Myanmar new vehicle sales likely to top 20,000 units in 2019
YANGON, NNA - New vehicle sales in Myanmar this year are estimated to exceed 20,000 units by far, supported by a tightening of the restrictions on used-car imports and higher income of middle-class clientele.
Unit sales of new vehicles between January and November in 2019 reached 19,301, surpassing 17,524 units sold for 12 months of 2018, according to the Automotive Association of Myanmar.
The 2018 new vehicle sales more than doubled from a year ago, the association said.
Suzuki Motor Corp. solidified its position as a top seller with about 11,750 units sold, followed by Toyota Motor Corp., which sold about 3,470 units. Ford Motor Co. of the United States ranked the third, followed by Japanese contenders Nissan Motor Co., Mazda Motor Corp., and Mitsubishi Motors Corp.,
Hyundai Motor Co., which started local production in February, and Kia Motors Corp. of South Korea are not members of AAM.
The strong demand for new vehicles reflects a total ban on imports of used vehicles and right-hand-drive cars imposed by the Myanmar government in 2018 and an expansion of auto loans offered by the country’s banks, which whetted the appetite of non-affluent people.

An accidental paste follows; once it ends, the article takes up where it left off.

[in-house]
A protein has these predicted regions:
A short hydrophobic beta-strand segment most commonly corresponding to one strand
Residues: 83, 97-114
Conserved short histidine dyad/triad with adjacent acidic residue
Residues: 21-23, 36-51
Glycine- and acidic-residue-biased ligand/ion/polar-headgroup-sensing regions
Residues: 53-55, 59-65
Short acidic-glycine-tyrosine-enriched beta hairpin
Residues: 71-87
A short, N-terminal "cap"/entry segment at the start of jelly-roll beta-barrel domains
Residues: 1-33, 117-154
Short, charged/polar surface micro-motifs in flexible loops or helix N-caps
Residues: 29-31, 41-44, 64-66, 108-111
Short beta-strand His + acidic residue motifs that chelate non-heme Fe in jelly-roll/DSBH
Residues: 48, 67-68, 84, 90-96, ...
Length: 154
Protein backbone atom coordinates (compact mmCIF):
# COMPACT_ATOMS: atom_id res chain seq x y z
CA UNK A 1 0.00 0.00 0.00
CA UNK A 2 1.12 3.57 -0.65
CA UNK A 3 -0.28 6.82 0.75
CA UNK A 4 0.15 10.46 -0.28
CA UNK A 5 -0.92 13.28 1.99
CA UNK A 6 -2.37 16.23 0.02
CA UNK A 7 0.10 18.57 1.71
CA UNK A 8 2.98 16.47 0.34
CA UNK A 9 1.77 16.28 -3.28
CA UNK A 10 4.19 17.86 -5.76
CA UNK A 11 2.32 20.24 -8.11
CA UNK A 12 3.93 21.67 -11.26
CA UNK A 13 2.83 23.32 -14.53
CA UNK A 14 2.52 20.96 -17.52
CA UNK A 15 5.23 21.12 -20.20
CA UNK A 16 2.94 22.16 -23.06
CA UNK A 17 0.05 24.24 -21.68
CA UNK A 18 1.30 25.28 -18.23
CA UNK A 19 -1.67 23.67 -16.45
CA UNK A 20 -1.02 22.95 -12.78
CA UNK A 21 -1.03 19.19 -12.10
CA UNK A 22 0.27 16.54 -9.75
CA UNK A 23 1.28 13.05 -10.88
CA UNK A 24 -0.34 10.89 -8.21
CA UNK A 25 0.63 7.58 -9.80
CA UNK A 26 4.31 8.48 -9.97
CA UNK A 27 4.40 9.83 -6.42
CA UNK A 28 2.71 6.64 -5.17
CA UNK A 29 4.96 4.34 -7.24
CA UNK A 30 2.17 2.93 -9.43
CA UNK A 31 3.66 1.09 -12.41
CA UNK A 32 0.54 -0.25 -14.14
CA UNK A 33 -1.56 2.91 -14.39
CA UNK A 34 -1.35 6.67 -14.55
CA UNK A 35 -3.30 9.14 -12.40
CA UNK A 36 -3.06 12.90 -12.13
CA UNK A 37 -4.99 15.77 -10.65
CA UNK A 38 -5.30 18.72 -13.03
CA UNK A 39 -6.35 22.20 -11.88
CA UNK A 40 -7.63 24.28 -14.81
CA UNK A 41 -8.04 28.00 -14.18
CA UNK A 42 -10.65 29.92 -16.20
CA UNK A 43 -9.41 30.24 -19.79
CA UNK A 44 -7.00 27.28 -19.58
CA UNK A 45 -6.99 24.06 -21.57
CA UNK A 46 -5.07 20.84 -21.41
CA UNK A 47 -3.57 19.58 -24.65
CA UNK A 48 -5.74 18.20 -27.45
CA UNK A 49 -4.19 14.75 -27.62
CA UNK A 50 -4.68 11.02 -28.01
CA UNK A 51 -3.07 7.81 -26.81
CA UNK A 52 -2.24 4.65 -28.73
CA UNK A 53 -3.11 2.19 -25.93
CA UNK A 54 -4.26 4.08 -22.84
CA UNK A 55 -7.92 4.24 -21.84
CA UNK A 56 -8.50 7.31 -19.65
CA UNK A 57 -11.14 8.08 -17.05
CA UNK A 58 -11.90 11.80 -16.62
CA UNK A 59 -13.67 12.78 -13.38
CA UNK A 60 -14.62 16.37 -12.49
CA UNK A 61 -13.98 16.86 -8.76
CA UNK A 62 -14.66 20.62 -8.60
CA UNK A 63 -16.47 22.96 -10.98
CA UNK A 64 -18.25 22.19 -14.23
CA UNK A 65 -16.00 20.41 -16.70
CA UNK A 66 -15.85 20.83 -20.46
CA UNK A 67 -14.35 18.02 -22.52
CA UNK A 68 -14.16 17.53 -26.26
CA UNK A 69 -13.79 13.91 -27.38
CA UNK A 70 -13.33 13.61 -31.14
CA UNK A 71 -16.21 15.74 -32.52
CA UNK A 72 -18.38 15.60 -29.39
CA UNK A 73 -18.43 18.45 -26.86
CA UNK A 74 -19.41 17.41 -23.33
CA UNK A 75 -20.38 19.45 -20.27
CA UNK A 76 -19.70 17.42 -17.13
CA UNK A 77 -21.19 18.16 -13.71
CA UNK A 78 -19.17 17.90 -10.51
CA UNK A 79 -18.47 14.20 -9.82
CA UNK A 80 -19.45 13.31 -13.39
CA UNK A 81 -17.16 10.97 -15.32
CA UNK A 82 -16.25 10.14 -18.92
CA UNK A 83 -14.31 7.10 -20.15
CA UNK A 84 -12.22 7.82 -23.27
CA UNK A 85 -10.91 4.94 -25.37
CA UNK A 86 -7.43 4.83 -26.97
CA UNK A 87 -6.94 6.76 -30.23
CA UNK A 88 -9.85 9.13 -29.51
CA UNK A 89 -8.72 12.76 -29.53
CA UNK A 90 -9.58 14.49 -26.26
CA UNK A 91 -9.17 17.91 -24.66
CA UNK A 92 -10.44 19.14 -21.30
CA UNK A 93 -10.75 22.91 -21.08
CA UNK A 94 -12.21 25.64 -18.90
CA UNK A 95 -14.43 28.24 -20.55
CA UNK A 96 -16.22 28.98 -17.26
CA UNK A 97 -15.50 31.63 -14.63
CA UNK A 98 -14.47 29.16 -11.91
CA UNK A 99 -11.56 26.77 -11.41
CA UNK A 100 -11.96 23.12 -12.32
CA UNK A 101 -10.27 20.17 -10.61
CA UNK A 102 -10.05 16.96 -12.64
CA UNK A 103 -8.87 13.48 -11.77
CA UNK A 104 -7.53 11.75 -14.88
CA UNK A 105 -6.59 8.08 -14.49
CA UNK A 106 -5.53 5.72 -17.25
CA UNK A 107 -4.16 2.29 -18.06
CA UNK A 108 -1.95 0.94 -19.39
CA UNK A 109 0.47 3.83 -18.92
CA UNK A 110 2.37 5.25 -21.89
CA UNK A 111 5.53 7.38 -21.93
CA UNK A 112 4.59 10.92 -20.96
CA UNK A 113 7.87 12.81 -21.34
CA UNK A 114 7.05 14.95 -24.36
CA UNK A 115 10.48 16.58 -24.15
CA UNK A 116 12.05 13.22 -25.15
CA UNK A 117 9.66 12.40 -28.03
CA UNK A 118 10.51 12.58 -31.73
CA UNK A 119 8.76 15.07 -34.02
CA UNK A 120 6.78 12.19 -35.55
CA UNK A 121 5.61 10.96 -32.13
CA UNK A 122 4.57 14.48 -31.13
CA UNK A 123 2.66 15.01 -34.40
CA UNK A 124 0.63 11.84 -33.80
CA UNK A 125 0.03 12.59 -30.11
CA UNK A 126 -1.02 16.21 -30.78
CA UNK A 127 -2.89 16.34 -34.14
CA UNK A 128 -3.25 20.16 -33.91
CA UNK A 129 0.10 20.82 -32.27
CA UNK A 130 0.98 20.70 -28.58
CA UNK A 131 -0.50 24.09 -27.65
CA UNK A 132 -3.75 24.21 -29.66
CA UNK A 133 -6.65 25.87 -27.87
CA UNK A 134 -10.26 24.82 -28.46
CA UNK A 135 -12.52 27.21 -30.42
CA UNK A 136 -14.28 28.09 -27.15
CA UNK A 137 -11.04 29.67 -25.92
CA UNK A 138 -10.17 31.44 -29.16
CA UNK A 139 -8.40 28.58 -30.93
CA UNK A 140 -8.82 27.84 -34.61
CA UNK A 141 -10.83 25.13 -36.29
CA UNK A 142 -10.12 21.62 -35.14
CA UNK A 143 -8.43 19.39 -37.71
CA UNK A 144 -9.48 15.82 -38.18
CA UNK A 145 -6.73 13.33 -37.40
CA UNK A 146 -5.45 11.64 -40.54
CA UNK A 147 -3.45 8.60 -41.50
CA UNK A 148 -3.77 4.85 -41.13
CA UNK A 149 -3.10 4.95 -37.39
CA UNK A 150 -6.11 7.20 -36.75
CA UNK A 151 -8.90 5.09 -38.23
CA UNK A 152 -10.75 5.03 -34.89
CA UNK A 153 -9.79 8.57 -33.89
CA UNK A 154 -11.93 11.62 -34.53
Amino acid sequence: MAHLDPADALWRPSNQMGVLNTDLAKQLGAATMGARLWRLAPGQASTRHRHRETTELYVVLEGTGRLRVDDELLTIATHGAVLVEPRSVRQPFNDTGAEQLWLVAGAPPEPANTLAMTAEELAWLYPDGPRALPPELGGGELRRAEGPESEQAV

Suzuki Motor, which is allied with Ayeyarwady Bank of Myanmar, also extended its partnerships to Co-operative Bank, or CB Bank, of the country.
At Suzuki (Myanmar) Motor Co., about 40 percent of buyers take out loans for new vehicle purchases, according to Keiichi Asano, managing director of the company. Most loan users opt for five-year payment plans, he explained, expecting more buyers to rely on loans. The most popular vehicle at Suzuki is Ertiga multi-purpose vehicle.
Suzuki, which already had an annual production capacity of 20,000 units by September, will consider further investment into local production. Toyota Motor began construction of a plant in the Thilawa special economic zone in November for the start of domestic production in 2021. At the plant, it plans to assemble 2,500 units of Hilux pickup truck, annually.
To encourage foreign automakers to shift to local production from imports, the government imposes a registration tax on imports of left-hand-drive vehicles to the local market or caps the number of sales of such cars. Currently, Suzuki, Hyundai, Kia, Nissan and Ford outsource the production of their vehicles.